With Cyprus finally back on its feet and on the road to recovery following a major banking crisis that crippled the country’s economy, the eastern mediterranean island is brimming with possibility once again, characterised by a nascent funds industry and new opportunities posed by possible reunification.
The old saying that even the severest crisis brings opportunity has become the new reality in Cyprus, a country that has weathered major upheavals and is now in the process of reinventing itself. That statement is just short of being literally true, given the geopolitical game changers in play. After four decades of stagnation between the Greek and Turkish Cypriot communities, real progress has been made towards reuniting the divided island. It is even estimated that reunification of the island could double per capita income within 20 years, and that Cyprus could become a major investment centre in the region. At the same time, discovery of what appears to be a very significant deposit of natural gas in its territorial waters suggests that unprecedented prosperity might well accompany political convergence.
Meanwhile, the island is making great progress in its two service-sector standbys, tourism and financial services. Investment firms are now being closely monitored and supervised by the Government, as are the listed companies on the Nicosia stock exchange.
The modernisation of Cyprus’ regulatory framework for investment funds is also strengthening the island’s profile as an emerging European funds and asset management domicile. Showing potential to develop into a multi-billion-euro industry, Cyprus’ efforts have already begun to bear fruit, having seen increasing interest and appetite from investors and fund service providers looking for EU-regulated jurisdictions. Offering both Undertakings of Collective Investment in Transferable Securities (UCITS) and Alternative Investment Funds (AIFs), and with the Cyprus Securities and Exchange Commission (CySEC) taking steps to increase the island’s appeal as a fund domicile, Cyprus is confident that it will make significant progress in attracting fund managers in the foreseeable future, with a long term vision of developing a world-class funds sector.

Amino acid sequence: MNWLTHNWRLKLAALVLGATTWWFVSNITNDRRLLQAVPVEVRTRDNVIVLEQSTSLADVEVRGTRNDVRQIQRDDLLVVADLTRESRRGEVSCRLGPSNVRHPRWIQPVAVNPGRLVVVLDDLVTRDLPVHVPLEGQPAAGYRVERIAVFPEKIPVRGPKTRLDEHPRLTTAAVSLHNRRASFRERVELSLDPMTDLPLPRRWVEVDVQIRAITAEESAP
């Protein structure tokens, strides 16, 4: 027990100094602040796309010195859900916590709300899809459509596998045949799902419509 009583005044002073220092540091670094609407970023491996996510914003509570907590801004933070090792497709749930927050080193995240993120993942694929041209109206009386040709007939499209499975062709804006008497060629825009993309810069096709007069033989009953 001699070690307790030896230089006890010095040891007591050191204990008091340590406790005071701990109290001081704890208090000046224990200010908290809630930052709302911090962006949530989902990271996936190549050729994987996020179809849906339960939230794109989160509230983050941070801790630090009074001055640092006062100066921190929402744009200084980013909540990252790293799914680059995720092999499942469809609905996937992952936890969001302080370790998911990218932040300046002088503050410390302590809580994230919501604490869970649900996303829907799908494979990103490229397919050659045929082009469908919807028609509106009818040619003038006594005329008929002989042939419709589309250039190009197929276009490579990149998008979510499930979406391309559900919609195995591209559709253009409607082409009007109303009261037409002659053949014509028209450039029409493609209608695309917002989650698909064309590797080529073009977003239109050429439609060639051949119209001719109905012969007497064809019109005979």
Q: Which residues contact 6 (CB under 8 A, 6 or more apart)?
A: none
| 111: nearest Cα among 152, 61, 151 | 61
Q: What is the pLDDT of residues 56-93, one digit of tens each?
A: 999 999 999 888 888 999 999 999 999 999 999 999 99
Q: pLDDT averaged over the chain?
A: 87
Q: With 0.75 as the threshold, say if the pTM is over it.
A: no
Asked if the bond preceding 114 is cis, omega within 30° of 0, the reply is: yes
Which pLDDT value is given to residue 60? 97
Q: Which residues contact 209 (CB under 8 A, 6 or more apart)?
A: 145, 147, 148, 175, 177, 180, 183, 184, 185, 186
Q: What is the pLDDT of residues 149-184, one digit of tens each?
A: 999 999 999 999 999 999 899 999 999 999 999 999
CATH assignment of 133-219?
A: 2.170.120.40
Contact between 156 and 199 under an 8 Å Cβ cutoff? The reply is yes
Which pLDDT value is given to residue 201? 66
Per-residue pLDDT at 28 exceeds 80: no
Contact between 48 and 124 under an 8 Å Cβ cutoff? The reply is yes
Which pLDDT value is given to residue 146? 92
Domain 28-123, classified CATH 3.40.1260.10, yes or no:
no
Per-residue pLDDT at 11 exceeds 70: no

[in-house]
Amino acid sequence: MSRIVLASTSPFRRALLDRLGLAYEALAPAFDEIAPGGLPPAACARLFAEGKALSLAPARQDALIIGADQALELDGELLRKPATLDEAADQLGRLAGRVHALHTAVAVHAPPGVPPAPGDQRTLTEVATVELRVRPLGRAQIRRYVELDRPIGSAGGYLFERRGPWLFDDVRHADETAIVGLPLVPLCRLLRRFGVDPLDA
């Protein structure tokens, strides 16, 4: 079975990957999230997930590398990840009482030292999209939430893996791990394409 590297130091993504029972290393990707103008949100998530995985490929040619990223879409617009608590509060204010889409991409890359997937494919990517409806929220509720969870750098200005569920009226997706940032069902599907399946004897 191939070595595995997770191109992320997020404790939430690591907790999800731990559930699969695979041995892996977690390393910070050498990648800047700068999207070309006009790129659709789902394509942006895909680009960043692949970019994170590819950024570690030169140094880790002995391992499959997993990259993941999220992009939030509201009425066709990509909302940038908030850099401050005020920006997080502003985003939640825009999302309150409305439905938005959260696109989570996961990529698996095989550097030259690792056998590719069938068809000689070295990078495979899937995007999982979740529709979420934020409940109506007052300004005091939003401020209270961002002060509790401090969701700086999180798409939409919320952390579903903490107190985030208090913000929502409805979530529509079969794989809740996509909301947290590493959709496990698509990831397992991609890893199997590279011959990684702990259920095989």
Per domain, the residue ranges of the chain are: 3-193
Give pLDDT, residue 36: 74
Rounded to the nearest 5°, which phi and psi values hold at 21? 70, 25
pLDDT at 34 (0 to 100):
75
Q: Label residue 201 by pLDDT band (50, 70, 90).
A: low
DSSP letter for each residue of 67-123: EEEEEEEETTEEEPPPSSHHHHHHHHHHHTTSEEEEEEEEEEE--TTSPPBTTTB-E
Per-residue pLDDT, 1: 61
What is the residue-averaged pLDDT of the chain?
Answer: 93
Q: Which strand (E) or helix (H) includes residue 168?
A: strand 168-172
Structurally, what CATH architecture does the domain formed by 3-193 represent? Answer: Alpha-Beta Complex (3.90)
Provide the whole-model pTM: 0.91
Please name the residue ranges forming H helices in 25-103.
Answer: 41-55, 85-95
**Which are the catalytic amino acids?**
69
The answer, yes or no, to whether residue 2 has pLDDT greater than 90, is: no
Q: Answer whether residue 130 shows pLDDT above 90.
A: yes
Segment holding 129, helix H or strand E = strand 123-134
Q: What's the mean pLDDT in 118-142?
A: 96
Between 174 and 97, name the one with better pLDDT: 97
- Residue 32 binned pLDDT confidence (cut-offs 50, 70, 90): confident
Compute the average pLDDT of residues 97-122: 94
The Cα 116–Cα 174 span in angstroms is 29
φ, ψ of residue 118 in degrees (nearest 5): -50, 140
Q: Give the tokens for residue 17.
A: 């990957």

In addition to its proximity to major markets, Cyprus also scores high on connectivity. The country is linked through its two international airports with major cities in Europe and key destinations in North Africa and the Middle East, and also has long-established links with Eastern European countries. A good many Cypriot professionals have in-depth knowledge of these markets, and often act as business facilitators.
Corporate giants such as Weatherford, Buena Vista Hospitality Group, NCR, Bernard Shultz Ship Management, Kardex, Wargaming and AMDOCS are just some of the companies that have based their operational or corporate management functions on the island. Cyprus is also one of the most influential global hubs for ship ownership and nautical management services.
The bottom line is that in Cyprus “the fundamental things apply.” The former British colony still has its strategic location in the eastern Mediterranean, an EU-compliant tax code and legal environment, an educated, English-speaking workforce, excellent telecommunications and transportation infrastructure, and that is to say nothing of its living standards.
A long-established free trade zone near Larnaca routes customs-free goods to Europe, Africa and the Middle East, while plans are being drawn up for a modern Science and Technology Park.
Did someone mention the lowest crime rate in the EU, a superb Mediterranean climate, competitive personal tax rates, as well as excellent educational and healthcare systems? Cyprus is an easy sell for expatriate executives, particularly those with families. •